Provident Mutual building redevelopment to move forward with Blackwell’s support
A developer’s plan to transform the former Provident Mutual Life Insurance Co. building into a sprawling health campus will move forward with Jannie Blackwell's support.
This story originally appeared on PlanPhilly.
A developer’s plan to transform the former Provident Mutual Life Insurance Co. building into a sprawling health campus will move forward with the support of West Philadelphia City Councilwoman Jannie Blackwell, the incumbent legislator said Monday.
The support reflects a reversal in her position motivated, she said, by a flood of letters from unions, anchor institutions, and neighborhood groups, some touting community benefits agreements with the developer.
Iron Stone Real Estate Partners plans to purchase the 13-acre property from the city for $10 million. Iron Stone’s plans include space for tenants including the University of Pennsylvania, Children’s Hospital of Philadelphia, Public Health Care Management Corporation and the YMCA.
The city sunk $52 million acquiring the historic building and renovating it before putting it up for competitive bids. Then Blackwell surprised the developer and Mayor Jim Kenney’s administration by delaying a December vote on the land transfer bill needed to move the sale forward.
“I have a dozen or more letters of support, all the groups in the area are for it,” Blackwell said at a community meeting at the Kirkbride Center. “In the final analysis, my job is to try to deliver what the community wants and I’m convinced the overwhelming majority of the community want this project.”
Philadelphia’s political norms ensure that only a district councilperson can introduce legislation that affects their backyard, making Blackwell’s support essential.
Jeff Jubelirer, a spokesman for Iron Stone, said community benefits agreements were signed in the last couple weeks. Groups including Men of Mill Creek Community Organization and the Walnut Hill Community Association promised support in exchange for community facilities within the project, public green space, a permanent advisory council comprised of neighbor groups, and local hiring, he said.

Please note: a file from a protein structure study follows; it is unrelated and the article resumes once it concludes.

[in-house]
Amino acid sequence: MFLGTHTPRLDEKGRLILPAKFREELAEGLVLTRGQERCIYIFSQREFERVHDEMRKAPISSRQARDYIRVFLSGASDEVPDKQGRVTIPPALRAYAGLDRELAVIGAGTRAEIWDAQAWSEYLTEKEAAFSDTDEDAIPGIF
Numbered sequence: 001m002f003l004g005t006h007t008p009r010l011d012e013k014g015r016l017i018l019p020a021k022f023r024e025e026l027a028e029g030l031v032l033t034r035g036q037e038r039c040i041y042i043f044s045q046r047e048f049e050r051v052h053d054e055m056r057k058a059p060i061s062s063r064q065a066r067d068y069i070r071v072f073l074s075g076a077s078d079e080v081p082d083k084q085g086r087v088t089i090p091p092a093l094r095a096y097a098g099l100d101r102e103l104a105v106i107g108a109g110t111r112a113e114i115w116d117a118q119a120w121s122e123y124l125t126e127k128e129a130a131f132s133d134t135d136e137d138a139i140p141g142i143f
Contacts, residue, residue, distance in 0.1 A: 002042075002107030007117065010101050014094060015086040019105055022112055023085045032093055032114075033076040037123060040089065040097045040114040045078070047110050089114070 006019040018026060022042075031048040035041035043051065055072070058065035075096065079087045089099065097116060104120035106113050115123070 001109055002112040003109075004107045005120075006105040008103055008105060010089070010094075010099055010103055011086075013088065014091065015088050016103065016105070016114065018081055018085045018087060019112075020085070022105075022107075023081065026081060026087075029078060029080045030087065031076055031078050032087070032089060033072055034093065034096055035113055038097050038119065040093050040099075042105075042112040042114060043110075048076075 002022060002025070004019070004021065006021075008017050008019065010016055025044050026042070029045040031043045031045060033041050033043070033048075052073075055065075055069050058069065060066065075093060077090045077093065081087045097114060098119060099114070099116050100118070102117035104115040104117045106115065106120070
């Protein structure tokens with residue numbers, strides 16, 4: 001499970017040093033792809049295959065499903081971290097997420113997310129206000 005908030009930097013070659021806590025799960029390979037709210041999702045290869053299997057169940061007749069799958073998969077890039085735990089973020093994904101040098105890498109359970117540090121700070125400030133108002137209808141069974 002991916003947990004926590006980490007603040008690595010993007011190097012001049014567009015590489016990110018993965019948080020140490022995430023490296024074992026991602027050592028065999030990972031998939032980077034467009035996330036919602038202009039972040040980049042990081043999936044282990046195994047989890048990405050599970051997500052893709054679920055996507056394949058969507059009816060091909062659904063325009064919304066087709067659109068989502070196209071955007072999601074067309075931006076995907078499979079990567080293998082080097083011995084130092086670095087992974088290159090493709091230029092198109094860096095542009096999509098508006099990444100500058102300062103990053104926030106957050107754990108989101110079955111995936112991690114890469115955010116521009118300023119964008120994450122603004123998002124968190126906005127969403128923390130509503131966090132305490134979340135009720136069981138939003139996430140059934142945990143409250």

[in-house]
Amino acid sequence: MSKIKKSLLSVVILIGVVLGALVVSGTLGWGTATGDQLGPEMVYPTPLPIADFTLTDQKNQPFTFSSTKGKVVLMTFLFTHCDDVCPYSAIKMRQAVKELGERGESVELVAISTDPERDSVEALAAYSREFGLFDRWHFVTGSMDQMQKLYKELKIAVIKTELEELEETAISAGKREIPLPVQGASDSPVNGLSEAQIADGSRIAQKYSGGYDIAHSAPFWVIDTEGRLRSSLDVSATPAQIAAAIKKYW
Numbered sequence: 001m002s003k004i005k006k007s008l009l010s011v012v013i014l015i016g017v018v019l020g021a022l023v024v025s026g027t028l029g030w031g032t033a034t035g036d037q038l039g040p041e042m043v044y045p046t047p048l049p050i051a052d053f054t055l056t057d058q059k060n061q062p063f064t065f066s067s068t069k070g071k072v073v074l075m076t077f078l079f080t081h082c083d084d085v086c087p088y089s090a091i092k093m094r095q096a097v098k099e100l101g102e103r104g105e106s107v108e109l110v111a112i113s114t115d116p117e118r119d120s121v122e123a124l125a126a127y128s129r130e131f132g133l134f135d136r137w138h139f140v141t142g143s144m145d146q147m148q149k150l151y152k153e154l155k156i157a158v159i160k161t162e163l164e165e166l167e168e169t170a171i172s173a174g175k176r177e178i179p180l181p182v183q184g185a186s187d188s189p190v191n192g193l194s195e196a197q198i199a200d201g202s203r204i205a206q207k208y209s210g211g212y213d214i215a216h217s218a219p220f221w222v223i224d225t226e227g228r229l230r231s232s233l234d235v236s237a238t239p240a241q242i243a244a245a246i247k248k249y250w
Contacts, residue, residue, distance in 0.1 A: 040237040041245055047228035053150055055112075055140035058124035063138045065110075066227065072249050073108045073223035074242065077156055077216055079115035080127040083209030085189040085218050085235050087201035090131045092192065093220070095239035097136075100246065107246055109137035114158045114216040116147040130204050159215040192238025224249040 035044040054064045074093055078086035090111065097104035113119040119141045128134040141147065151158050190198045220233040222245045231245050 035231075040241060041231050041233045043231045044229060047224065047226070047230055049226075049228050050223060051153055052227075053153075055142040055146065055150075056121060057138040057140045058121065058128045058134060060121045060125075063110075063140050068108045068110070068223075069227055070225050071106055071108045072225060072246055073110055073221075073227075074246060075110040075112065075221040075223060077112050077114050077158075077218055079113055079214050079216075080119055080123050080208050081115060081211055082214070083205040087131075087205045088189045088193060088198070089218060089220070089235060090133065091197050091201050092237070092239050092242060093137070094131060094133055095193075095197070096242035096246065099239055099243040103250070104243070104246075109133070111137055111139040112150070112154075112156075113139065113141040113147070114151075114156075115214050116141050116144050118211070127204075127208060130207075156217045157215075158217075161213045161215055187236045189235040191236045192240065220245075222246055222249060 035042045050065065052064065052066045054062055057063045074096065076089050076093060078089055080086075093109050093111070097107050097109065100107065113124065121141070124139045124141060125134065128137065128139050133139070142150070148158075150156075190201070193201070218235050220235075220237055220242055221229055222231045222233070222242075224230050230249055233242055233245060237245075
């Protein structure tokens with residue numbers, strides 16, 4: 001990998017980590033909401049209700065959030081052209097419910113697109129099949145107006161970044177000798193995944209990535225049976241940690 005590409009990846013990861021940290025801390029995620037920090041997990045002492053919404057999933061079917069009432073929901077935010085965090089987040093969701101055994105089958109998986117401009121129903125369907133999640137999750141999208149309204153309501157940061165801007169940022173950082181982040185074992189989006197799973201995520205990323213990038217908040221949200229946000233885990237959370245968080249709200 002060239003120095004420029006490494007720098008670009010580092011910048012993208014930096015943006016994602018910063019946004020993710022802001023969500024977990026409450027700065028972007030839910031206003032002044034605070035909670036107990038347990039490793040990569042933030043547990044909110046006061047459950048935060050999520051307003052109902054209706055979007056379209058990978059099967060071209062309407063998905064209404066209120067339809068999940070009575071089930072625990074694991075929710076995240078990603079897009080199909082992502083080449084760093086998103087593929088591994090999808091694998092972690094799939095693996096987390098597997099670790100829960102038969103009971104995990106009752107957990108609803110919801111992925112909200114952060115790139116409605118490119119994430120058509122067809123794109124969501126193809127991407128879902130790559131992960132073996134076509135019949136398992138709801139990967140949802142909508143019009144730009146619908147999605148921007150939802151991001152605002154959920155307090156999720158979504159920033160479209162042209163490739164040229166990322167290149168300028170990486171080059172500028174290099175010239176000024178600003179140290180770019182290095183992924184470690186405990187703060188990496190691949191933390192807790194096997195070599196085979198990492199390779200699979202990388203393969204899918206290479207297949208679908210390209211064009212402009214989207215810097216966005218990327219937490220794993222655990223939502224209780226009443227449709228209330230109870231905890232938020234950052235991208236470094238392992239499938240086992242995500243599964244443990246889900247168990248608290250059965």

Iron Stone circulated a pamphlet on Monday that listed employment goals for minority apprentices, who would get 50 percent of all hours worked by apprentices, and minority journeypersons who would get 32 percent of journey hours worked across all the trades. The goals for female apprentices and “journeypersons” were each set at seven percent. Local residents would get 60 percent of journey hours, the pamphlet said.
A letter from the Laborers Council, the only majority non-white building trade union in Philadelphia, reinforced minority hiring promises made by Domus Construction, Iron Ston’s union contractor.
“I have assurances that they will commit to a diversified project,” Laborers’ leader Ryan Boyer wrote in a letter to Blackwell.
Michael Pearson of Iron Stone acknowledged that the company had signed a community benefits agreement, but declined to offer any details.
Blackwell said she hadn’t been involved in negotiations between neighborhood groups and the developer.
“I didn’t ask them about community benefits,” Blackwell said. “I don’t know what their community benefits agreement might be.”
A letter sent to the councilwoman by the Walnut Hill Community Association included a detailed list of community benefits. The commitments from Iron Stone included funding for University City District to clean streets more frequently in the neighborhood, annual support of $5,000 for “events like the Turkey Give-away,” and a guarantee that 50 percent of the building maintenance staff would be employed from the zipcodes adjoining the site, according to the letter.
Blackwell asked for one addition to the benefits agreement on Monday: residential parking permits for a handful of immediate neighbors. The Provident Mutual building faces houses on 46th Street, and neighbors who attended the meeting feared they would lose on-street parking to visitors and workers. The permits cost $35 a year for a household with one car.
“I’m sure they could come up with that one little fee, one time,” said Blackwell. “Problem solved.”
Pearson said Iron Stone would pay for the requested permits for three years.
Blackwell said that her surprise delay of the project in December stemmed from community opposition at a meeting that month. But her latest reversal stems from a follow-up meeting at West Philadelphia High School, which convinced her that most of those who spoke against the project did not live in her district.
That meeting, held last Tuesday, featured speeches opposed to both the project and the councilwoman.
“I think what needs to be challenged is councilmanic privilege,” said Shani Akilah, a member of the Black and Brown Workers Collective, in a video posted to the group’s Facebook page. “Because the developers … are allowed to just give money to council people like Blackwell here, who pretends to be for the people.”
The city initially planned to turn the 92-year-old West Philadelphia landmark into a headquarters for the police department. After Kenney decided to instead put the police in the former Philadelphia Inquirer building on North Broad Street, the city opened up the 13-acre property to competitive bids.
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